actually wrote, you'll simply ignore that. You don't believe people can be saved by keeping the commandments, even though Jesus actually said it when asked what to do to inherit eternal life. Christianity first and foremost is an atitude. It started when Israel was confronted with a harsh challenge to their faith. The God of Israel, Yahweh, had apparently not helped them against their foes? Why? When an ancient culture was conquered by another people usually interpreted it as an indication that the victor's god(s) was the

greater god(s). Not so, Israe l . The priesthood and school of prophets

determined that if God wasn't granting them victory, it must be on

the account of the sinful people. There we have the beginnings of two

threads that sow the garment of christian thinking. 1) People are

sinful, we're responsible for all that's wrong, and 2) Obstinance. No

matter what, we're right - we'll find an explanation but we'll never

admit we're wrong. These characteristics undergird all christian attitude - it's unavoidable. (Now I'm sure you can admit you're wrong about who won the superbowl in 1969 or some secondary doctrinal issue - but if your thinking is consistant with christian thinking, you're not allowed to actually admit you're wrong about Jesus - christians may tell you it's ok to question, but when you start to think the answer to Jesus is "no", then they'll tell you you're going to far. What's the point in saying it's ok to question in the

first place then?) As I was saying, these two character stics de veloped and by the time of the writing of the new testament they were essentially like virtues. Certainly they're like virtues in christian circles today. On account of them, christians are numb to the horrific violence of the old testament (disobedient children and people who work on the sabbath should be "stoned to death" according to the law - slavery is ok, and it's ok to beat slaves as long as you don't kill them, according to the law of Moses) and "humbly" accept the idea that their fellow brothers and sisters in the human race who happen not to believe the same dogma, are going to burn for

eternity for it . . . a significant amount of the human race doesn't

even deserve to spend a night in jail - though certainly some do -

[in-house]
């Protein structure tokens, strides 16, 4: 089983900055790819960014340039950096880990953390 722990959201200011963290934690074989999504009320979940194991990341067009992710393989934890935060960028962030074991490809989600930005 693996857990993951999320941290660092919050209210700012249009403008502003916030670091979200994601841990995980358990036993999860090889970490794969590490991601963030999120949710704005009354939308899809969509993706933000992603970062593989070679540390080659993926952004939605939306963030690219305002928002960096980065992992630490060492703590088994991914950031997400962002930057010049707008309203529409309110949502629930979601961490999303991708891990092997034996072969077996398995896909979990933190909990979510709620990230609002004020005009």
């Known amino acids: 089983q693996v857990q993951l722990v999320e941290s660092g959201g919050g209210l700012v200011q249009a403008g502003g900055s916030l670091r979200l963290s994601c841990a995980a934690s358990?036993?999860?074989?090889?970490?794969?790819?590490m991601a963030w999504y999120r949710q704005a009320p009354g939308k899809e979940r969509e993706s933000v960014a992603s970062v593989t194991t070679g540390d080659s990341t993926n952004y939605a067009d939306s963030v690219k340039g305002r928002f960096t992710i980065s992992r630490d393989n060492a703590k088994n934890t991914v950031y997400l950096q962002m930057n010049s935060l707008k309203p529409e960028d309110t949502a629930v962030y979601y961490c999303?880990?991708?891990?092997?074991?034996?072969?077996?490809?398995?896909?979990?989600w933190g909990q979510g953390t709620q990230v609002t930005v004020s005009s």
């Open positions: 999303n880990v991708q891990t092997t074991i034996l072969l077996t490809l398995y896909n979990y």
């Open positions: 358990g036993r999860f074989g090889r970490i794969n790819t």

yet you can somehow be made to believe they deserve eternity in hell?

All this, not based on evidence - you have taken a step of faith -

and because of it you impose your faith on everyone else - "people

are free to believe what they w ant " you say - well, true, you don't

impose it in the fullest sense, but christianity is all about

exerting pressure to convert people - gentle pressure, or strong,

whatever might win someone to christ. And you yourself are under pressure, pressure from fear of hell, pressure from love of what you believe and the Imaginary WHO that you believe in. Pressure from friends and peers in church. Pressure perhaps from family if you're family consists of Christians. Pressure subconsciously to avoid admitting you're wrong. Oh yes, you're in it now. You are under a lot of pressure to stick to your faith. If you try to question, and if you honestly think christianity isn't true, you suffer emotionally. You really fear. Could you be loosing your faith? Do you really believe God would condemn you because of what you believe or don't believe happened 2000 years ago? This is a bad religion. These

are bad doctrines. Get out while you can. Deep down, if you're

experiencing any anxie ty r ight now, any intense emotion, I think it may be because deep down, you know I'm right. You're upset, you want to argue, you want to explain away my objections. But you also know deep down that I'm right. By the way, when you say to me things about deep down knowing

that I'm wrong, or knowing Jesus is the way, or God is real (in the

christian sense) or I'm in danger of hell fire, anything like that, I don't feel a thing but comfort and the certainty that you're wrong, there is no hell, the bible is not infallible and inspired. And I feel sad for you. Family disruption, people dying for faith, loss of money towards spreading dogma that's not even true, a demeaning view of your fellow man, christianity does come with a costly price tag - not just for christians, it costs humanity a lot too. And I'm not even getting into inquisitions, persecution (from and of christians), emotional trauma from fear of hell, anxiety disorders over fear of displeasing God (wh osoeve r is angry has already committed murder? Every sinful thought offends God - christ had to die because you "thought that" - I exaggerate you say, but you can't deny that you believe Christ had to suffer for every sinful thought you had and if you're like most christians, you believe all sin is equal to God). A huge pricetag of human suffering

over something unprovable that you insist is absolutely true because you took a leap of faith - therefore you insist it's not just true for you - it must be absolutely true for everyone.